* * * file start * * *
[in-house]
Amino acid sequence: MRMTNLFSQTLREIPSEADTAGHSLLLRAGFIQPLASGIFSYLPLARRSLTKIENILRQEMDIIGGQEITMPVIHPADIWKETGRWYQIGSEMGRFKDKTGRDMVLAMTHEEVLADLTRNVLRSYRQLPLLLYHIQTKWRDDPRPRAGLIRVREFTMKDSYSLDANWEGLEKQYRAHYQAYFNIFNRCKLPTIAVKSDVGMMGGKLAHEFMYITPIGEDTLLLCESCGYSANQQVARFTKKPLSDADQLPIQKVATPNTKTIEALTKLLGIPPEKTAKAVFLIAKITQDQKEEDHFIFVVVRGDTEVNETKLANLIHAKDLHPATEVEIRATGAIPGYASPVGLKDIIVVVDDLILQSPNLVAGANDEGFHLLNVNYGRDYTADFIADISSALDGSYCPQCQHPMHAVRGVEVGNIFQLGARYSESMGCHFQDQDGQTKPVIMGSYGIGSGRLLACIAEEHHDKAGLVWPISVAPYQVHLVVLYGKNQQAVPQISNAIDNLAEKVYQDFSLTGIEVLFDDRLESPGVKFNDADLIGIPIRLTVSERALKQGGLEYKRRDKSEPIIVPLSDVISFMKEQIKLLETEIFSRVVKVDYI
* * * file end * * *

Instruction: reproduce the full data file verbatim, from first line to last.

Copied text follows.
[in-house]
Amino acid sequence: MRMTNLFSQTLREIPSEADTAGHSLLLRAGFIQPLASGIFSYLPLARRSLTKIENILRQEMDIIGGQEITMPVIHPADIWKETGRWYQIGSEMGRFKDKTGRDMVLAMTHEEVLADLTRNVLRSYRQLPLLLYHIQTKWRDDPRPRAGLIRVREFTMKDSYSLDANWEGLEKQYRAHYQAYFNIFNRCKLPTIAVKSDVGMMGGKLAHEFMYITPIGEDTLLLCESCGYSANQQVARFTKKPLSDADQLPIQKVATPNTKTIEALTKLLGIPPEKTAKAVFLIAKITQDQKEEDHFIFVVVRGDTEVNETKLANLIHAKDLHPATEVEIRATGAIPGYASPVGLKDIIVVVDDLILQSPNLVAGANDEGFHLLNVNYGRDYTADFIADISSALDGSYCPQCQHPMHAVRGVEVGNIFQLGARYSESMGCHFQDQDGQTKPVIMGSYGIGSGRLLACIAEEHHDKAGLVWPISVAPYQVHLVVLYGKNQQAVPQISNAIDNLAEKVYQDFSLTGIEVLFDDRLESPGVKFNDADLIGIPIRLTVSERALKQGGLEYKRRDKSEPIIVPLSDVISFMKEQIKLLETEIFSRVVKVDYI